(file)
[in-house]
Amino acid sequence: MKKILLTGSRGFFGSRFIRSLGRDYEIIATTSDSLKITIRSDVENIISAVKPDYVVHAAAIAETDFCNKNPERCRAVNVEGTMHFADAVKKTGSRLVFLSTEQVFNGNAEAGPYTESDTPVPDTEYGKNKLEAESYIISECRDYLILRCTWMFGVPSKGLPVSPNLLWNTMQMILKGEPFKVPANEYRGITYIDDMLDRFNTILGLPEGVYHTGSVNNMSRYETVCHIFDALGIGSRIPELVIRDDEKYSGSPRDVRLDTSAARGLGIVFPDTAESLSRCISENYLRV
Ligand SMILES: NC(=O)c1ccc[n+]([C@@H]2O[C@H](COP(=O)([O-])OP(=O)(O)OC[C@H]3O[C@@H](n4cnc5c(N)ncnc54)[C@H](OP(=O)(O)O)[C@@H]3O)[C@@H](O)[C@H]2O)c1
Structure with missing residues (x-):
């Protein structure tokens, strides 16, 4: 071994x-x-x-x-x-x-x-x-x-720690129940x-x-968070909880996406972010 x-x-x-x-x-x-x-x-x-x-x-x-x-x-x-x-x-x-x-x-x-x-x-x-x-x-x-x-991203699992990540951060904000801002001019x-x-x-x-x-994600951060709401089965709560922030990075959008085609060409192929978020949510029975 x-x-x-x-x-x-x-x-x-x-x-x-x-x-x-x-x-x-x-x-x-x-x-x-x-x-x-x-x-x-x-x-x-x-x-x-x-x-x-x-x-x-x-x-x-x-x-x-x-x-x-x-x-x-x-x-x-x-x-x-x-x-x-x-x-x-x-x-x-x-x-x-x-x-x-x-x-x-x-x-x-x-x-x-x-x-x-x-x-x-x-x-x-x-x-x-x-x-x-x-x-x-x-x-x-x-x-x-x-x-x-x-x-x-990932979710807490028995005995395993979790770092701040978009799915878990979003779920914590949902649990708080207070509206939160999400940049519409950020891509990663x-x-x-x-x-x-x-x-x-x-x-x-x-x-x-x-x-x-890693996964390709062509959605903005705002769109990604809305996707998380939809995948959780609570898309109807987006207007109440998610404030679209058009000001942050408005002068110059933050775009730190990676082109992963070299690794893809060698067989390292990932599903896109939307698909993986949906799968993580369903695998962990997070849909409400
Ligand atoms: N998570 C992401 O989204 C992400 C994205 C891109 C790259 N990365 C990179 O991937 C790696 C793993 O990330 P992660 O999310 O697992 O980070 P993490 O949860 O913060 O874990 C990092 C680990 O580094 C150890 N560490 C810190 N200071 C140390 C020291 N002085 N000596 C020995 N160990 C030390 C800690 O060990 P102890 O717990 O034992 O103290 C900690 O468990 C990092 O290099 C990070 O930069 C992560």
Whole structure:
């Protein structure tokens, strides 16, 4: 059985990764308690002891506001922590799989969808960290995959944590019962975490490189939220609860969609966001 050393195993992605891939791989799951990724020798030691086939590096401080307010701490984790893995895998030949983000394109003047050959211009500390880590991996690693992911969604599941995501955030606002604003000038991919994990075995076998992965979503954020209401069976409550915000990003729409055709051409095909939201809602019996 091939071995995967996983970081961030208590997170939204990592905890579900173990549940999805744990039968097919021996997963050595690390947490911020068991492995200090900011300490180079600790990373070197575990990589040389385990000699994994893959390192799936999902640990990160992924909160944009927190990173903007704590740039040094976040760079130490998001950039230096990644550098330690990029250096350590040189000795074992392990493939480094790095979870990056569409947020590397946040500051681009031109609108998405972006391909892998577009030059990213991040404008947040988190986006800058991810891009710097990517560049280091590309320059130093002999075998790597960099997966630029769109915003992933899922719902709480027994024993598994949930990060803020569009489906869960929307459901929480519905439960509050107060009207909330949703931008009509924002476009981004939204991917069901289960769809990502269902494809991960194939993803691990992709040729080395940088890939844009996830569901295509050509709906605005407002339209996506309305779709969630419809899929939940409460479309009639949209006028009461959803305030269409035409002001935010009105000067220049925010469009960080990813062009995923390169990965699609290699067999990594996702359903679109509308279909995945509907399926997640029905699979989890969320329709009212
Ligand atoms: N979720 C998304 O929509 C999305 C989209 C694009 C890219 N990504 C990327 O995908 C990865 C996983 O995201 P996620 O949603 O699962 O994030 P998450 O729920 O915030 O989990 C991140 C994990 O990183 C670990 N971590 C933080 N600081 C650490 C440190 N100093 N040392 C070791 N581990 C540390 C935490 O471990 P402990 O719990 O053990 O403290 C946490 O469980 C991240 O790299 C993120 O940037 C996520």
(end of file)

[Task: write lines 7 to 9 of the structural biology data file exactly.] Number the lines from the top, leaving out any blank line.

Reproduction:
Whole structure:
């Protein structure tokens, strides 16, 4: 059985990764308690002891506001922590799989969808960290995959944590019962975490490189939220609860969609966001 050393195993992605891939791989799951990724020798030691086939590096401080307010701490984790893995895998030949983000394109003047050959211009500390880590991996690693992911969604599941995501955030606002604003000038991919994990075995076998992965979503954020209401069976409550915000990003729409055709051409095909939201809602019996 091939071995995967996983970081961030208590997170939204990592905890579900173990549940999805744990039968097919021996997963050595690390947490911020068991492995200090900011300490180079600790990373070197575990990589040389385990000699994994893959390192799936999902640990990160992924909160944009927190990173903007704590740039040094976040760079130490998001950039230096990644550098330690990029250096350590040189000795074992392990493939480094790095979870990056569409947020590397946040500051681009031109609108998405972006391909892998577009030059990213991040404008947040988190986006800058991810891009710097990517560049280091590309320059130093002999075998790597960099997966630029769109915003992933899922719902709480027994024993598994949930990060803020569009489906869960929307459901929480519905439960509050107060009207909330949703931008009509924002476009981004939204991917069901289960769809990502269902494809991960194939993803691990992709040729080395940088890939844009996830569901295509050509709906605005407002339209996506309305779709969630419809899929939940409460479309009639949209006028009461959803305030269409035409002001935010009105000067220049925010469009960080990813062009995923390169990965699609290699067999990594996702359903679109509308279909995945509907399926997640029905699979989890969320329709009212
Ligand atoms: N979720 C998304 O929509 C999305 C989209 C694009 C890219 N990504 C990327 O995908 C990865 C996983 O995201 P996620 O949603 O699962 O994030 P998450 O729920 O915030 O989990 C991140 C994990 O990183 C670990 N971590 C933080 N600081 C650490 C440190 N100093 N040392 C070791 N581990 C540390 C935490 O471990 P402990 O719990 O053990 O403290 C946490 O469980 C991240 O790299 C993120 O940037 C996520």